The material that follows is intended to instill the confidence, receptivity, creativity, compassion and resilience we are asked to bring forth in order to lean into our mission with one heart, one mind, as one people. That mission, as Schluep noted, is to find the entombed who are held in bondage by memories, to loosen the spiritual and psychological bindings so that the life blood flows freely once again, to participate in what is the birth of a new creation together — for if one of us is in bondage, we all are in bondage.
This is an account of a pilgrimage in remembrance of the 1914 Christmas Truce. In World War I, enemy forces left the safety of the trenches to the song “Silent Night” in their own language. Soldiers; sons, husbands, fathers wanted the peace beyond understanding. You are invited to follow the author’s pilgrimage to renew how we imagine the meaning of Christmas. Noel “New Sun” in Gaelic, has always been the unexpected birth of New Life in a most degraded, forgotten, even despised place. In our traditional telling, the savior was born into a forsaken shelter surrounded by animals. In the early 20th century, that unexpected location was No Man’s Land — the devastated landscape between the enemy trenches. This book is a recollection of the past in order to bring forth a more peaceful future.
Western culture is in the midst of the largest transformation in its history. What is passing away is a patriarchal coercive way of life that was set down 5000 years ago in Sumer. Joseph Campbell referred to this (following Frobenius) as the Monumental Stage. Its identifying features have been coercive government, literacy, numeracy, astronomy, astrology, cattle-breeding, agriculture, enslavement, and a patriarchal hierarchy bestowed by all-powerful sovereign on high who gives immortality to a chosen few.
A culture in its monumental stage is split from a feeling the Earth. Its people as a rule are not in relationship with their own ancestors as a spiritual practice. The sense of personal awe before the cosmos is no longer encouraged or nourished. Dreams are of little importance. This condition is called normative dissociation in the work of Jurgen Kremer.
We are emerging into a participatory way of life on Earth that honors all the voices and the dream-lives of every individual of the planet — Theodore Roszak called the collective individuality of voices, The Voice of the Earth. Thomas Berry prophesied of the collective individuality of dreams in his book, The Dream of the Earth. Joseph Campbell wrote of this as mythologiization. He reminded us:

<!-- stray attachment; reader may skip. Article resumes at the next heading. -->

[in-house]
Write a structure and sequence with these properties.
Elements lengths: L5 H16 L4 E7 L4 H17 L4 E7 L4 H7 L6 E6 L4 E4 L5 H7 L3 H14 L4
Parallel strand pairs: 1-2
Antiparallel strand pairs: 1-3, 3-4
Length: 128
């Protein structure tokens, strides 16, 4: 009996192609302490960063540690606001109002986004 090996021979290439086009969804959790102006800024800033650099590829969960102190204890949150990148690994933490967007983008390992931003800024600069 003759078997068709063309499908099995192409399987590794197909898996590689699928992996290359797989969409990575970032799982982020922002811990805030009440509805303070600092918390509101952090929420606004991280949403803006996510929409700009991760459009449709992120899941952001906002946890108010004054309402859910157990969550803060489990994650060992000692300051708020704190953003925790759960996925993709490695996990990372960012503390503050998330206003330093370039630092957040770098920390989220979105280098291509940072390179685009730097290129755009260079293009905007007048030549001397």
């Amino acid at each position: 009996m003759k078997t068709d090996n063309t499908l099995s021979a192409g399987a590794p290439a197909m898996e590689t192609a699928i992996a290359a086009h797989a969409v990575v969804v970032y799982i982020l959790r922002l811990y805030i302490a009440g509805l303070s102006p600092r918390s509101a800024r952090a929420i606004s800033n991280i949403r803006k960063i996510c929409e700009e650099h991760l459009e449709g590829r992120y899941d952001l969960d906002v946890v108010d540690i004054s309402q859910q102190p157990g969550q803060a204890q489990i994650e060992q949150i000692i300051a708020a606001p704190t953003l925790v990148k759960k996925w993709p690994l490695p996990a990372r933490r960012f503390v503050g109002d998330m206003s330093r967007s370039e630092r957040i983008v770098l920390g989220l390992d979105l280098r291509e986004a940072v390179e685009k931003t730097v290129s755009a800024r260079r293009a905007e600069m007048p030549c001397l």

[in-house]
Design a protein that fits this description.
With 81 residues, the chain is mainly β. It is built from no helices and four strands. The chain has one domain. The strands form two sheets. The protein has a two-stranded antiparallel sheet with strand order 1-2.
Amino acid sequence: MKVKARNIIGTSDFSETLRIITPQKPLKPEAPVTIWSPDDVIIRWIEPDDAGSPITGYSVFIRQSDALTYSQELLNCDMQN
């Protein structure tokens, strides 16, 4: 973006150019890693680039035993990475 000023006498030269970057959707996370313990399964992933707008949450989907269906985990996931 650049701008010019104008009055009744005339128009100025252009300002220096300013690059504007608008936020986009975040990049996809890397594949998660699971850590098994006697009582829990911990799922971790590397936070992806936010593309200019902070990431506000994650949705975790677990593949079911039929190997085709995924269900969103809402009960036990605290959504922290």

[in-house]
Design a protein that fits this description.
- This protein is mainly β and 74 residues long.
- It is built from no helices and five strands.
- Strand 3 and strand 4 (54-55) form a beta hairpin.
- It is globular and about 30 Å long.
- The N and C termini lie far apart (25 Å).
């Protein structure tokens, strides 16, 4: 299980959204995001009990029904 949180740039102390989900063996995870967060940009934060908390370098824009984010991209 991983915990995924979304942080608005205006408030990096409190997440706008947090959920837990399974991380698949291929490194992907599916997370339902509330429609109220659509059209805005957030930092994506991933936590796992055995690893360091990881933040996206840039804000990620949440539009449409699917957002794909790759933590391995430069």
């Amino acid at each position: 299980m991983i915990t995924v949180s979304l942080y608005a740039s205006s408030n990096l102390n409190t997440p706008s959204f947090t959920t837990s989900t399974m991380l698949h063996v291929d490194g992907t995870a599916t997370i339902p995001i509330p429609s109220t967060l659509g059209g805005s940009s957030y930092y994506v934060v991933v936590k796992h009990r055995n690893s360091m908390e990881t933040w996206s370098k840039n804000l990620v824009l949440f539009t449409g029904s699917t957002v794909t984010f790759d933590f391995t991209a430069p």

“The Kingdom of the Father”, we have just heard, “is spread upon the earth and men do not see it.” Land nam, mythologization, has been the universally practiced method to bring this intelligible kingdom into view in the mind’s eye. The Promised Land, therefore, is any landscape recognized as mythologically transparent, and the method of acquisition of such a territory is not by prosaic physical action, but poetically, by intelligence and the method of art; so that the human being should be dwelling in two worlds simultaneously of the illuminated moon and the illuminated sun. [Inner Reaches of Outer Space, p. 62]
Failure to know the difference between a “Promised Land” in which the relationships with all that is are stewarded poetically in ritual, intelligence and the method of art and a realm taken by war has been a human stumbling block. I have named the cultural symptom of taking territory by war, prosaic physical action, chorapathology.
This is the Time of the The Third Great Awakening, the Preparation of the 8th Fire, in the Ojibway/Chippewa Prophecies. I call this, The Magnification. Author, Joanna Macy, named this largest shift, The Great Turning. Eco-spiritual theologian, Thomas Berry, called it, the opening into the environmental age. He wrote in Dream of the Earth:
It’s all a question of story. We are in trouble just now because we are in-between stories. The Old Story – the account of how the world came to be and how we fit into it – sustained us for a long time. It shaped our emotional attitudes, provided us with life purpose, energized action, consecrated suffering, integrated knowledge, and guided education. We awoke in the morning and knew where we were. We could answer the questions of our children. But now it is no longer functioning properly, and we have not yet learned the New Story.
We are all trying to return to right planetary relationship and to awaken in the cosmos that magnification has revealed.
The wholeness where I have lived with the circles here in northeast Ohio can be imagined in this way:
And a new soul-image we have been birthing can be imagined like this:
I am also the founder of Urrealism, No Man’s Folk Music and Earthbriety. I am a co-founder of archetypal ecology. My work as an adjunct professor in Art and Religious Studies is at Ursuline College. I also teach as an adjunct professor in Creativity Studies for the Gifted at Ashland University. My community includes Warriors Journey Home where I am a board member. WJH Minstries works to assist communities to welcome veterans home from military service.